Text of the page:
So what is our path forward and how can we lower the security risks around DLT implementations? The answer centers around standards and the development of a DLT security framework with those agreed-upon standards.

Standards perform several vital functions: ensuring interoperability between multiple DLT implementations; creating a shared vernacular; alleviating concerns  around governance or data governance; assisting in digital identity management; and fostering end-user trust in the technology. Let us explore each of these areas.

  • First, when it comes to interoperability, as DLT develops and the number of DLT implementations increases, many stakeholders will likely want to interact with other blockchain platforms that operate independently from their own. If each firm develops its DLT projects in a silo, synergy will be difficult to achieve. Standards can be helpful in this area, as organizations will be able to work with others and build on top of previous infrastructure investments in a controlled and modular manner, promoting greater interoperability between multiple DLT implementations.
  • Second, DLT is a relatively new technology that, like many other high-tech developments, has been  inevitably accompanied by lots of hard-to-understand jargon and terminology. Standards introduce a shared vernacular, creating an improved understanding of the technology and assisting with the development of robust, easy-to-understand DLT security benchmarks.
  • Third, new technologies like DLT often face  security issues around governance or, more specifically, data governance. By implementing standards and a principles-based framework, firms can more efficiently identify potential security weaknesses in their DLT implementations. At the same time, supervisors and regulators will be able to leverage a consistent measure for understanding potential strengths and weaknesses of DLT implementations.
  • Lastly, standards can enable individuals to retain more control of their digital identities, which is the compilation of one’s collective actions performed online. This collection of actions can provide a comprehensive view of the individual’s reliability, interests and general personality. As a result, the introduction of standards offers individuals greater privacy and trust in the actions they perform online.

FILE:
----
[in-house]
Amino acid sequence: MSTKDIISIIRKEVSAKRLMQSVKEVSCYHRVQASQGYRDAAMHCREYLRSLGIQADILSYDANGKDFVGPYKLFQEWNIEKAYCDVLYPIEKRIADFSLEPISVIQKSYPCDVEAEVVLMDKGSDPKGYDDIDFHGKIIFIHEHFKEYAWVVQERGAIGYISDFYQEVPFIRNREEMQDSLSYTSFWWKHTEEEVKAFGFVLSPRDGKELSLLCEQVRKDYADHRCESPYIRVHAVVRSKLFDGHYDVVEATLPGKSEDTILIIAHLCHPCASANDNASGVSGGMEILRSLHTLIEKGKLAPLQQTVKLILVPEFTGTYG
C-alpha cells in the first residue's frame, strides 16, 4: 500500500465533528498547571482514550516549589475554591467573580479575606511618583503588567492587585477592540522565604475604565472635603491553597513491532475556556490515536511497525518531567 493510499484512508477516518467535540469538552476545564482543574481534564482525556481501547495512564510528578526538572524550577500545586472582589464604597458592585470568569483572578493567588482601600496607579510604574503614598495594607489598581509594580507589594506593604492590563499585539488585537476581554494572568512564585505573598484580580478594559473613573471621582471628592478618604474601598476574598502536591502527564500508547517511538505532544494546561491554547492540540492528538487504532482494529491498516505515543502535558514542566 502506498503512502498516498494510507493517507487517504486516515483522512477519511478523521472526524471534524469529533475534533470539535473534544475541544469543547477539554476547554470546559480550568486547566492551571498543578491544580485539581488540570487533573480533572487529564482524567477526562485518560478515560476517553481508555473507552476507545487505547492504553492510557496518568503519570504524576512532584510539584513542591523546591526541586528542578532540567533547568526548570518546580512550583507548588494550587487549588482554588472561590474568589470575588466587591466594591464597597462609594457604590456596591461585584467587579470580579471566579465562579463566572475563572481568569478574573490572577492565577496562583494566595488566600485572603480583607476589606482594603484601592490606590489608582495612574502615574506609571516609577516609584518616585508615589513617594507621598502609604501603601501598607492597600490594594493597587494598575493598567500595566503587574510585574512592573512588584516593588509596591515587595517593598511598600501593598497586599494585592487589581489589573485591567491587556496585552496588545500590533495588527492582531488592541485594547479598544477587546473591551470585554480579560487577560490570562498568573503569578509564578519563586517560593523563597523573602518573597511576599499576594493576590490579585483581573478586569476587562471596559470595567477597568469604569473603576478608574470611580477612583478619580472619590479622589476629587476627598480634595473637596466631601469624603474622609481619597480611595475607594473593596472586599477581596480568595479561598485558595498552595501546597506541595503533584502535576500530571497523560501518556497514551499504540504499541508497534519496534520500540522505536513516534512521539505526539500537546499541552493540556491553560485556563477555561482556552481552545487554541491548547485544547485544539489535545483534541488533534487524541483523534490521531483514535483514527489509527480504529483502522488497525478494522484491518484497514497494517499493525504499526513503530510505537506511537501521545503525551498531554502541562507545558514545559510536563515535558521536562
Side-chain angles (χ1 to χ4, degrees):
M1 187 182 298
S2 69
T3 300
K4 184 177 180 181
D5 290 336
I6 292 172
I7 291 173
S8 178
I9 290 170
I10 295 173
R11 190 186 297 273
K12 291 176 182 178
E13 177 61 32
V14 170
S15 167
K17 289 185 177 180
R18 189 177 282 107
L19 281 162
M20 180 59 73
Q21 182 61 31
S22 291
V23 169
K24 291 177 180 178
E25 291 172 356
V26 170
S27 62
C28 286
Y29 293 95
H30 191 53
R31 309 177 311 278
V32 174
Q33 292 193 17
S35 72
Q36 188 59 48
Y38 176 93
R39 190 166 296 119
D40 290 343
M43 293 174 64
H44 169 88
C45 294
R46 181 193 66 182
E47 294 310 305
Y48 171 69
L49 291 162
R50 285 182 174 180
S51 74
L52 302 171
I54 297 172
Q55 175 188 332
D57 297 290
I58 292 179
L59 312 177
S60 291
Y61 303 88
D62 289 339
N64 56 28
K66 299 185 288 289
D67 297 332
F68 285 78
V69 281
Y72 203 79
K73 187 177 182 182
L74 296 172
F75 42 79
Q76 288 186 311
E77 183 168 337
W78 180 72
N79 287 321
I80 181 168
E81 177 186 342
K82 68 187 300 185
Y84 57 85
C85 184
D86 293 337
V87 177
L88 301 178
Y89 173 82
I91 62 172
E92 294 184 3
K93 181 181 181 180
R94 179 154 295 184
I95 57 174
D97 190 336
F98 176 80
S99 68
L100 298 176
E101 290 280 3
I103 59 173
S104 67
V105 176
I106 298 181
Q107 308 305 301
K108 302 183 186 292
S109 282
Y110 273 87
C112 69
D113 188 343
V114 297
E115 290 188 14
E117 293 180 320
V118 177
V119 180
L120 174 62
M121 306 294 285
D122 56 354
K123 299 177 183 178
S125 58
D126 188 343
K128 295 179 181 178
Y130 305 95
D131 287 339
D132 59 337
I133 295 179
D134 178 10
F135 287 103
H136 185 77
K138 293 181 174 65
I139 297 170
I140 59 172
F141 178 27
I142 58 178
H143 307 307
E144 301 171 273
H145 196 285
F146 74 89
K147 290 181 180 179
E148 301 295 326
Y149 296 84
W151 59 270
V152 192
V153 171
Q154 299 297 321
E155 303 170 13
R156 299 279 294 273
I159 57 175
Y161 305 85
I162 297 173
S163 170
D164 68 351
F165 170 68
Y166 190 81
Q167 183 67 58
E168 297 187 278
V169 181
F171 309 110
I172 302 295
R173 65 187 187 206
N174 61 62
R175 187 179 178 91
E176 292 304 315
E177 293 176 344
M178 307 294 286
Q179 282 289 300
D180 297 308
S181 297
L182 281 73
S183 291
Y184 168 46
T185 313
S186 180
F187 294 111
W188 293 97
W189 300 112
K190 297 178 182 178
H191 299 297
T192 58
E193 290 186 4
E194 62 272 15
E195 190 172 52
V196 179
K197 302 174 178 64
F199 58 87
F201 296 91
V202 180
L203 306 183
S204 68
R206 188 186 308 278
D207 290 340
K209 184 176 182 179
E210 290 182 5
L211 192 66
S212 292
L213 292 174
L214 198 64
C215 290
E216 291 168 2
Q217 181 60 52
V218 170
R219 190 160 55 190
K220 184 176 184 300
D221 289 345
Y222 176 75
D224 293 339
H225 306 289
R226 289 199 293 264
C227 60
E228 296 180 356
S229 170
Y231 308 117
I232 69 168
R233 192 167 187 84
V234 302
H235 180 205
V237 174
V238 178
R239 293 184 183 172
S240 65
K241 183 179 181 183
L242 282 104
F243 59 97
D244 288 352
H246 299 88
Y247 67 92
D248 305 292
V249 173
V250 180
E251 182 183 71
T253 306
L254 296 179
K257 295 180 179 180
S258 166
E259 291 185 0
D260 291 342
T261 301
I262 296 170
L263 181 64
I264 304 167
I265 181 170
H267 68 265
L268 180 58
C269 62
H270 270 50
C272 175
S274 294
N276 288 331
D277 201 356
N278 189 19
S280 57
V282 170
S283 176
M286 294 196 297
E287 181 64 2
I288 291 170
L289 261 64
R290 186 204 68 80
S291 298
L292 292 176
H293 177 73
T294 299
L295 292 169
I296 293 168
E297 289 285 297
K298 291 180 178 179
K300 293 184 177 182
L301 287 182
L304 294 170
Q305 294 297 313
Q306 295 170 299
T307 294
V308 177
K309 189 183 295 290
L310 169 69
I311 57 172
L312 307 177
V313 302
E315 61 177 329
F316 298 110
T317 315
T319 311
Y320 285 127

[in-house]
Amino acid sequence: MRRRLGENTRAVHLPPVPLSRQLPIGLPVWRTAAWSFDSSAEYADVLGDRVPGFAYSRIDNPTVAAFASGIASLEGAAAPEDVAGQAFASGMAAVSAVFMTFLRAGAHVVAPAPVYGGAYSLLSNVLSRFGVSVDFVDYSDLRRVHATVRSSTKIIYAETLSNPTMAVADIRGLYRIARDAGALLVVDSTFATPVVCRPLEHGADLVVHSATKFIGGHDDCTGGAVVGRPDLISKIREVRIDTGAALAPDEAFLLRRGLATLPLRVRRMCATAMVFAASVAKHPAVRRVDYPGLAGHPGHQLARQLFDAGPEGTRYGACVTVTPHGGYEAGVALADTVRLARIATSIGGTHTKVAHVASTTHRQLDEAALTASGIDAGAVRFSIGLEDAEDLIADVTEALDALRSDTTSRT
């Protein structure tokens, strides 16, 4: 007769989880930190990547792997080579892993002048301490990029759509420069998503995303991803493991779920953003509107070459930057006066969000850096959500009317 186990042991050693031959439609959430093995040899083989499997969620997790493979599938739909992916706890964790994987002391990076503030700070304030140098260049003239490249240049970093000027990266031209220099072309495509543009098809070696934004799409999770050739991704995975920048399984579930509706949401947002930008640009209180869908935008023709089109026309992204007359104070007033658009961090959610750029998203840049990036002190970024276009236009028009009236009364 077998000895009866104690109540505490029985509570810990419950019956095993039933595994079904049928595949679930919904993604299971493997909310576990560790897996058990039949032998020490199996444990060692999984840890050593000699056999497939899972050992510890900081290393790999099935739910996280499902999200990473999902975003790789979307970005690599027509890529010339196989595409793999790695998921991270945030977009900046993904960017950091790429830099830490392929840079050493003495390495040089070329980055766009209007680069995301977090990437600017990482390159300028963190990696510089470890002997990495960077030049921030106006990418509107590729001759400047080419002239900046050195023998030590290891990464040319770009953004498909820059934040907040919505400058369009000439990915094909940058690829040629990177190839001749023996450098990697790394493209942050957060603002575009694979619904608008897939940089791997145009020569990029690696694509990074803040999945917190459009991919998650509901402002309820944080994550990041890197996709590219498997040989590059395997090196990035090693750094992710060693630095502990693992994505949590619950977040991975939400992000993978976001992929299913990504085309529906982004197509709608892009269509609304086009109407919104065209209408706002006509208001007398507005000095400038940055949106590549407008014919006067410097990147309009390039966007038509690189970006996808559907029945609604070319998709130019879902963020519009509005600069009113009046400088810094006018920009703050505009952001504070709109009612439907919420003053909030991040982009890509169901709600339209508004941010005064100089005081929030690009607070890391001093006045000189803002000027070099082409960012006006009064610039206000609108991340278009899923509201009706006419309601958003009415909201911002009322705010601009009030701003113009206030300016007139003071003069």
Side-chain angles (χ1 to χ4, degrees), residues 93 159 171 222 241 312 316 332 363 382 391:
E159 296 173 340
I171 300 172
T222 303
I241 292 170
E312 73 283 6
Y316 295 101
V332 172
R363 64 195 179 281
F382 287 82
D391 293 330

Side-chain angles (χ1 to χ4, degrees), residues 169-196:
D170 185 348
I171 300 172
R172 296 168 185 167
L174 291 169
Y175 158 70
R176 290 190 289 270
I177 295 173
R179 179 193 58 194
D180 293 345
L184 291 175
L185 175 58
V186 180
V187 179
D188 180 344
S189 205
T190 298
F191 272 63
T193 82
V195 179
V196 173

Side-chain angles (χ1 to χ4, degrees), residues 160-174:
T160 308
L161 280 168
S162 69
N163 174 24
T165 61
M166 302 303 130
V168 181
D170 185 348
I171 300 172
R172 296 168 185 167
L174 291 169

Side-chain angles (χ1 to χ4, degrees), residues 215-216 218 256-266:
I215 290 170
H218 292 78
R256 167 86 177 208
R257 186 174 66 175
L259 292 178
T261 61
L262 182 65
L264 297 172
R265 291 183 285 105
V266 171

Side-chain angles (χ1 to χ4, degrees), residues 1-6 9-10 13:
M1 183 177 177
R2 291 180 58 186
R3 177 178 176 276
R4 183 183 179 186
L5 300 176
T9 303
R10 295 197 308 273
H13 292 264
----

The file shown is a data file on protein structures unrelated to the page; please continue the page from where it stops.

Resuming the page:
Securing DLT-enabled financial services

With the speed of digital transformation within the financial services sector continuing to increase, the development of a principles-based framework to identify and address DLT-specific security risks cannot be haphazard and must be coordinated to maximize effectiveness.

To start, industry participants should collaborate by sharing current best practices for DLT security; agreeing on temporary, baseline industry DLT security standards after an evaluation of best practices; measuring current baseline practices and reviewing potential areas of improvement for baseline practices; and ultimately coming to industry consensus on what the best practices should be.

As DLT-specific security risks span multiple firms and providers, a cross-sector effort is also essential to achieving a coordinated strategy, beginning with conversations between the financial services industry, DLT providers and consumers.

To promote the soundness and safety of DLT-enabled financial services implementations now and into the future, conversations and cooperation around a common DLT security framework, best practices and standards must ramp up now.